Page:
Man carried out ‘vicious’ attack on 71-year-old in his Fakenham home because of 20-year dispute over unpaid wages

Stuart Cooper was jailed for 7 years 6 months for admitting aggravated burglary and possession of an

Stuart Cooper was jailed for 7 years 6 months for admitting aggravated burglary and possession of an offensive weapon. Picture: Norfolk Constabulary - Credit: Norfolk Constabulary

A man launched a 'vicious' and 'sustained' attack on a helpless 71 year old man in his own home because of a dispute over wages going back almost 20 years, a court has heard.

Stuart Cooper, 47, armed himself with a baseball bat or piece of wood before visiting the elderly victim's Fakenham home in the dead of night.

Cooper asked for the victim by name and when he opened a door, Cooper 'barged into launch a vicious assault on him raining blows down upon him'.

The 'sustained, violent attack on an older man in his own home' was only brought to an end when the victim's partner bravely asked 'what on earth was going on'.

Cooper left but not before he had left '30 sites of injury' on the victim who had been struck 'all over his body, from his head to his torso, arms and legs'.

Norwich Crown Court heard Cooper, who was having financial difficulties and had seen his house repossessed, had targeted the victim as following a disagreement the defendant claimed related to money owed to him from about 20 years ago.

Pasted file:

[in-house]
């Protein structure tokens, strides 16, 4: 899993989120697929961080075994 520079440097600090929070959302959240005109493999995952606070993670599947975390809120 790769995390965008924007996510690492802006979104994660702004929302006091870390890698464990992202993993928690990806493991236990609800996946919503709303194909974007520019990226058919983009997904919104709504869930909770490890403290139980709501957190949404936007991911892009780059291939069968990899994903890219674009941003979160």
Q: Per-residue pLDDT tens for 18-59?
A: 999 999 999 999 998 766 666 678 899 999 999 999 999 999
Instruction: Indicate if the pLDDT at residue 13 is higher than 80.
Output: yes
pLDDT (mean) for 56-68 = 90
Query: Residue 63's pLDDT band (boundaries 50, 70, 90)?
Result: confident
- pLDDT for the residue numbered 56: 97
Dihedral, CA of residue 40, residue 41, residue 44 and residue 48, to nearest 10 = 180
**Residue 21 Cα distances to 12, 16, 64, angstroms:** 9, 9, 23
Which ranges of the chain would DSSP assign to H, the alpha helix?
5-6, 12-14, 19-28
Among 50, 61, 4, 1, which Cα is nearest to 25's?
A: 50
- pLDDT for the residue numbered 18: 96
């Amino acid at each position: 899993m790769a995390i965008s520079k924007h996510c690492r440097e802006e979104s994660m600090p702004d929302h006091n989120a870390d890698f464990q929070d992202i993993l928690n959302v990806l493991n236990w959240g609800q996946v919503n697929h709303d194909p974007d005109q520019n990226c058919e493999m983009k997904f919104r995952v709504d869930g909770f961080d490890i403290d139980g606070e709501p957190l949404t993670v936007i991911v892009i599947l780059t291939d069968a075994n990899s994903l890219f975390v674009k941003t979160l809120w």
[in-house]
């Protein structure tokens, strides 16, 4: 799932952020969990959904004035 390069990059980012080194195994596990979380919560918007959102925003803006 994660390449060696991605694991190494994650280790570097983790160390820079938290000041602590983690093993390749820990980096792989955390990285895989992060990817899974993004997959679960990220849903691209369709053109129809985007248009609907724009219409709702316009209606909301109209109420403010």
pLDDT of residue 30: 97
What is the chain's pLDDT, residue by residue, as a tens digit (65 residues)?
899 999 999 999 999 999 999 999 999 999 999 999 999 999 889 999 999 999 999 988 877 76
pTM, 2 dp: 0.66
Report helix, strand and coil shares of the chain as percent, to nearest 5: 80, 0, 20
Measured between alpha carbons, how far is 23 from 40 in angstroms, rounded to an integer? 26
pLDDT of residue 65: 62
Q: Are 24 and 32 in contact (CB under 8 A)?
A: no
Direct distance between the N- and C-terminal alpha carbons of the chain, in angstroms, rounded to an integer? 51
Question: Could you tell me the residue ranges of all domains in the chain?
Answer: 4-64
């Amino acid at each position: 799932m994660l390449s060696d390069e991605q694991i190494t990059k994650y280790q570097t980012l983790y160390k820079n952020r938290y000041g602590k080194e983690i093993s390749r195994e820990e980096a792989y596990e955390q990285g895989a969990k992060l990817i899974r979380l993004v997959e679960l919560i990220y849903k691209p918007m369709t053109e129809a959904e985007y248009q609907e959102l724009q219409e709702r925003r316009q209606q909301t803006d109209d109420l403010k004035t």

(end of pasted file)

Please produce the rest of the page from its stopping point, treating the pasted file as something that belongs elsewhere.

When interviewed by police Cooper said he had been owed a lot of money in wages by the victim and had 'lost his house as a result'.

Most Read

Cooper, of The Terrace, North Pickenham, near Swaffham, appeared to be sentenced yesterday having previously admitted aggravated burglary and having an offensive weapon.

Jailing him for seven and a half years, Recorder Guy Ayers said it was a 'quite extraordinary' case and described the incident, on in November 16 last year, as a 'sustained, violent attack'.

Jonathan Morgans, for Cooper, described the case as an 'absolute tragedy' for not only the victims but the defendant and his family.

He said the significant financial pressures of not being able to look after his family affected his mental health and led to him doing something 'he's going to regret for the rest of his life'.

Cooper was also made the subject of an restraining order banning him from contacting the victim or his partner indefinitely.

Become a Supporter

This newspaper has been a central part of community life for many years. Our industry faces testing times, which is why we're asking for your support. Every contribution will help us continue to produce local journalism that makes a measurable difference to our community.

Become a Supporter